A Rough Road Back

In the name of anti-discrimination, our freedoms diminish.  

The Clairmont Institute’s Angelo M. Codevilla: (h/t Ace)

What goes by the name “constitutional law” has been eclipsing the U.S. Constitution for a long time. But when the 1964 Civil Rights Act substituted a wholly open-ended mandate to oppose “discrimination” for any and all fundamental rights, it became the little law that ate the Constitution.

Now, because the Act pretended that the commerce clause trumps the freedom of persons to associate or not with whomever they wish, and is being taken to mean that it trumps the free exercise of religion as well, bakers and photographers are forced to take part in homosexual weddings.

A commission in the Commonwealth of Massachusetts reported that even a church may be forced to operate its bathrooms according to gender self-identification because it “could be seen as a place of public accommodation if it holds a secular event, such as a spaghetti supper, that is open to the general public.”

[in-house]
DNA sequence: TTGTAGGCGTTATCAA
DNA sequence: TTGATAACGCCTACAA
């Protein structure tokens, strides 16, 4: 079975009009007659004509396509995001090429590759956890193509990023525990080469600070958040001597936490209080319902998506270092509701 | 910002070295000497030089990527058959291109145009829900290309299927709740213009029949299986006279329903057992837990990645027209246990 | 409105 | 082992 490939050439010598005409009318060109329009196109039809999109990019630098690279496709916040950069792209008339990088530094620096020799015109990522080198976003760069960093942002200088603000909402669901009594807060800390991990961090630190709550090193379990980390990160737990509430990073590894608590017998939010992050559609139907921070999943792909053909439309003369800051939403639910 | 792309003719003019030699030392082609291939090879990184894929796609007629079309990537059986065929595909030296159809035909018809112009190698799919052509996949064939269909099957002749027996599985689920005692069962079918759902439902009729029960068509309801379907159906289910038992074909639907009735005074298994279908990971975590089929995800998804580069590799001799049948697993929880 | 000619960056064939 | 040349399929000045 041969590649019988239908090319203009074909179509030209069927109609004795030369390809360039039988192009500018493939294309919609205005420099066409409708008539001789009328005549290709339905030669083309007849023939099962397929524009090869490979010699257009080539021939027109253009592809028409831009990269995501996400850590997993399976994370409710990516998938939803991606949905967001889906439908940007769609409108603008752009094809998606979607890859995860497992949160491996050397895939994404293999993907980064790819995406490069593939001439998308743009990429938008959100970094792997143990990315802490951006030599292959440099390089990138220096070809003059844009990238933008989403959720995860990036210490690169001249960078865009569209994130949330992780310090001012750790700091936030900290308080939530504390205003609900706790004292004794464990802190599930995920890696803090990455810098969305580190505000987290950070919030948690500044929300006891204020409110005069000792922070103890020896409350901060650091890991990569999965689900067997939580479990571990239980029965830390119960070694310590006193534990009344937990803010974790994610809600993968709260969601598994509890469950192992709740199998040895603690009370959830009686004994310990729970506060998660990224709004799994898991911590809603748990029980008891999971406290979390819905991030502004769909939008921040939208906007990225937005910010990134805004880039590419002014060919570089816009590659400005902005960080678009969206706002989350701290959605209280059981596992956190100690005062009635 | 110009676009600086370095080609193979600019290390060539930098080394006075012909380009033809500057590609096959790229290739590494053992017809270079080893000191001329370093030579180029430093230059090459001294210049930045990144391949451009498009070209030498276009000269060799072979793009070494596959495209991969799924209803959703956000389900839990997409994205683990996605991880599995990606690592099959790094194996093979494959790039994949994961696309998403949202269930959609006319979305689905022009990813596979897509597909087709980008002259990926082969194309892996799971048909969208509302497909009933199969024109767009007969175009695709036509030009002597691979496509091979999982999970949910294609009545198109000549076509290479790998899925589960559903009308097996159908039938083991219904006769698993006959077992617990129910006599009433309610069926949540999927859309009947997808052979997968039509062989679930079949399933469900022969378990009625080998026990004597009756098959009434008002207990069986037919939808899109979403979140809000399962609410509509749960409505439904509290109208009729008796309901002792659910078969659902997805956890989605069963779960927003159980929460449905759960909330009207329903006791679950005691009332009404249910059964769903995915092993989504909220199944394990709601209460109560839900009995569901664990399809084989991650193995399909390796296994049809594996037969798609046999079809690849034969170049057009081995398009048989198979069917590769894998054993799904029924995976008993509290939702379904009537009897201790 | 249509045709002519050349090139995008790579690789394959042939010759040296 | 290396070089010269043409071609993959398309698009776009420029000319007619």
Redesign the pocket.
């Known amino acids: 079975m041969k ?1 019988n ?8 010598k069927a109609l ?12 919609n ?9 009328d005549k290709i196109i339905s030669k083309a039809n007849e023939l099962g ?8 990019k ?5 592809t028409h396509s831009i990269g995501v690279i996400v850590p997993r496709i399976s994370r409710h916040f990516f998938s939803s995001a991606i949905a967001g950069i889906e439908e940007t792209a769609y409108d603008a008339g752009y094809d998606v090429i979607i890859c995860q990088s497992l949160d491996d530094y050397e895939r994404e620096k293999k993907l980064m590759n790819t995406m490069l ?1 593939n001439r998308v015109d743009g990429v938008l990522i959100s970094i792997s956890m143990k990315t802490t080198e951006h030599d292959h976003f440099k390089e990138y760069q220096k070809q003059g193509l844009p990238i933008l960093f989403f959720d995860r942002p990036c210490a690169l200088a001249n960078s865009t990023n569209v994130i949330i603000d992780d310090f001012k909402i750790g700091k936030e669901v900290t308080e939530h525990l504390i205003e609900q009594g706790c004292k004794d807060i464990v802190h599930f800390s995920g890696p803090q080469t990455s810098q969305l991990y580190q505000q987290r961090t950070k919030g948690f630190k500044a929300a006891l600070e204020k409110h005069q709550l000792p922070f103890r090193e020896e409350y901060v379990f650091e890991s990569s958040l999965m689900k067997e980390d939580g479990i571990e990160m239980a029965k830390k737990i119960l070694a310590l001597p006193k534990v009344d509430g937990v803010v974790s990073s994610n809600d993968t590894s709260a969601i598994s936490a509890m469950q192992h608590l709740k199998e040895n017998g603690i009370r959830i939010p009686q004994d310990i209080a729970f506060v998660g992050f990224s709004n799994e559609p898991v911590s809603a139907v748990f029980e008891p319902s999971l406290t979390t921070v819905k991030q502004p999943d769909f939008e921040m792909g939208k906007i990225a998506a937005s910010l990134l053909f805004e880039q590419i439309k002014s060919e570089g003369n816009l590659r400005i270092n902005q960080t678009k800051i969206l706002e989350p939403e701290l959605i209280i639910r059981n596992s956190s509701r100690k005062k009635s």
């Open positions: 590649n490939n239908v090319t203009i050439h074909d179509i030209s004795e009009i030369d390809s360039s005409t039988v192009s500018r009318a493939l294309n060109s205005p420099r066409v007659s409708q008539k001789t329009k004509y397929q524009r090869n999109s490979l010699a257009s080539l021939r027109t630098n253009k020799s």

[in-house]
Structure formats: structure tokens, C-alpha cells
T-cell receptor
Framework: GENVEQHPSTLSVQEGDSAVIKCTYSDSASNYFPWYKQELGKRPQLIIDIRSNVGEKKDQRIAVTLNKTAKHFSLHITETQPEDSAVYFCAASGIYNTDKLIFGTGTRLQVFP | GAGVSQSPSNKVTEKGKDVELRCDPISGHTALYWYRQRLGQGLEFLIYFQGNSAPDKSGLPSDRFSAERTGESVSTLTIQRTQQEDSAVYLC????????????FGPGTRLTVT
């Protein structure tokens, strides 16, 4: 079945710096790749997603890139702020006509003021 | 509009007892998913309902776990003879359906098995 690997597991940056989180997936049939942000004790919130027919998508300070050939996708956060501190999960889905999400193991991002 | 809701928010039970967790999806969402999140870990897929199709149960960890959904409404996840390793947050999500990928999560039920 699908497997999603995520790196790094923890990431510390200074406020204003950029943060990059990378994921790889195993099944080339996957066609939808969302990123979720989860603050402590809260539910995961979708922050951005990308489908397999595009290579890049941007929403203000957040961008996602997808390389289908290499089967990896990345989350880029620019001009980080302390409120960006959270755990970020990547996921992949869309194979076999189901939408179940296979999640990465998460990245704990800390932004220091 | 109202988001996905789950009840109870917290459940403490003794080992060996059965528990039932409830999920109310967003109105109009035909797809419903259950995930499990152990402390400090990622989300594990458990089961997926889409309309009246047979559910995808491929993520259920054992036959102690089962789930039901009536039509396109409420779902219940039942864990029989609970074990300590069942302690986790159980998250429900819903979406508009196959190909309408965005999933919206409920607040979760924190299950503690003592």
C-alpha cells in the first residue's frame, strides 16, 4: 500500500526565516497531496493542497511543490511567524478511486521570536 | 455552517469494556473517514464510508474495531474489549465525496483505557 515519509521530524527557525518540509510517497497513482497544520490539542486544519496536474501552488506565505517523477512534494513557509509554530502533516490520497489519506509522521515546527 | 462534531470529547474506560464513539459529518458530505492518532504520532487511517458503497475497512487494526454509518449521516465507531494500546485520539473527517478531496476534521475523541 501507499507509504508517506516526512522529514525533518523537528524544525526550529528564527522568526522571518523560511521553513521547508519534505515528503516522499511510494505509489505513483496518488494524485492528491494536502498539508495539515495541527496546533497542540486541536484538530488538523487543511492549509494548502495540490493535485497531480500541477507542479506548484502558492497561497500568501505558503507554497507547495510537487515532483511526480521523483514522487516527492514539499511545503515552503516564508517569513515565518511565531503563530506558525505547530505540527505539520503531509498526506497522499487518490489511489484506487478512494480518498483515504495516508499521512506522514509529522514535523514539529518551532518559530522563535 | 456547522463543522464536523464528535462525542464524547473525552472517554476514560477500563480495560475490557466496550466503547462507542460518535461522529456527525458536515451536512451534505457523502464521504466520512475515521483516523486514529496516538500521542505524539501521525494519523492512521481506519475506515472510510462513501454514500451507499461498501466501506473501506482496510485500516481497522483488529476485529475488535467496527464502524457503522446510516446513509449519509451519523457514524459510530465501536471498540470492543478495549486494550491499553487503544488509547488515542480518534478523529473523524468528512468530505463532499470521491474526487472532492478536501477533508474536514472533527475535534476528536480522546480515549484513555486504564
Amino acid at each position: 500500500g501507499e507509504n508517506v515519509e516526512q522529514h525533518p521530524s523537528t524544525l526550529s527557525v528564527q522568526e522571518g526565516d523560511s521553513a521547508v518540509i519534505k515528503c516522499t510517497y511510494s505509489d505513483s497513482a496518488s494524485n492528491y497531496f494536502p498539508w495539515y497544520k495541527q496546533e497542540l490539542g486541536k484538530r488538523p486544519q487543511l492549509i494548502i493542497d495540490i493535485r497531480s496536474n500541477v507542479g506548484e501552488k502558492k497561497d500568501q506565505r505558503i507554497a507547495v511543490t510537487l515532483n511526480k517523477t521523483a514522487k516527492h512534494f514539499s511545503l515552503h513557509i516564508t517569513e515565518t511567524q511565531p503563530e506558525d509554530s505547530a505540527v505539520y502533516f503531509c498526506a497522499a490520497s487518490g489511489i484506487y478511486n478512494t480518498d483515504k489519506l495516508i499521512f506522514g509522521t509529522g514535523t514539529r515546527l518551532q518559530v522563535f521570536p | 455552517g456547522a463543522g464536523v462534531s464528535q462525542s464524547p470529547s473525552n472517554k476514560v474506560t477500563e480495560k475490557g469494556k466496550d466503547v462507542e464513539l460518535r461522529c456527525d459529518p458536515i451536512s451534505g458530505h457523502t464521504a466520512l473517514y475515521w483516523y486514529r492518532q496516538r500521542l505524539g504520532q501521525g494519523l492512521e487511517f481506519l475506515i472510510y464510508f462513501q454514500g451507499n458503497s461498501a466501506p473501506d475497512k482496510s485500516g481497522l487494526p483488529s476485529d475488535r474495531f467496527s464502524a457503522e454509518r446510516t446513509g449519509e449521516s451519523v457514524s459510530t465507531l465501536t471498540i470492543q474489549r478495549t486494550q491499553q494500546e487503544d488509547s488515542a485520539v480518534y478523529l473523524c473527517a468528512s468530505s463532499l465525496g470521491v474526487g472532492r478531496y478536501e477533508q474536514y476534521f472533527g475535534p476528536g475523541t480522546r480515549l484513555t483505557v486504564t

California came very close to mandating that Catholic schools admit homosexual and transgender students or close down.

The Justice Department is studying how to prosecute on-line transactions such as vacation home rental site Airbnb, Inc., that fall afoul of its evolving anti-discrimination standards.


This is the second day in a row, I’ve read and written about pieces of legislation whose impact takes decades to understand.  Both are traced to Lyndon Johnson.

Not that I’m advocating for the repeal of the 1964 Civil Rights Act.  Any politician whispering such a notion in their sleep would be Borked or worse. 

It’s just that I point out that many thing the Republic is collapsing, and I am sure that all of our injuries are self-inflicted.

I don’t think we’ll crumble and fall.  But I do predict a rough road back to freedom.



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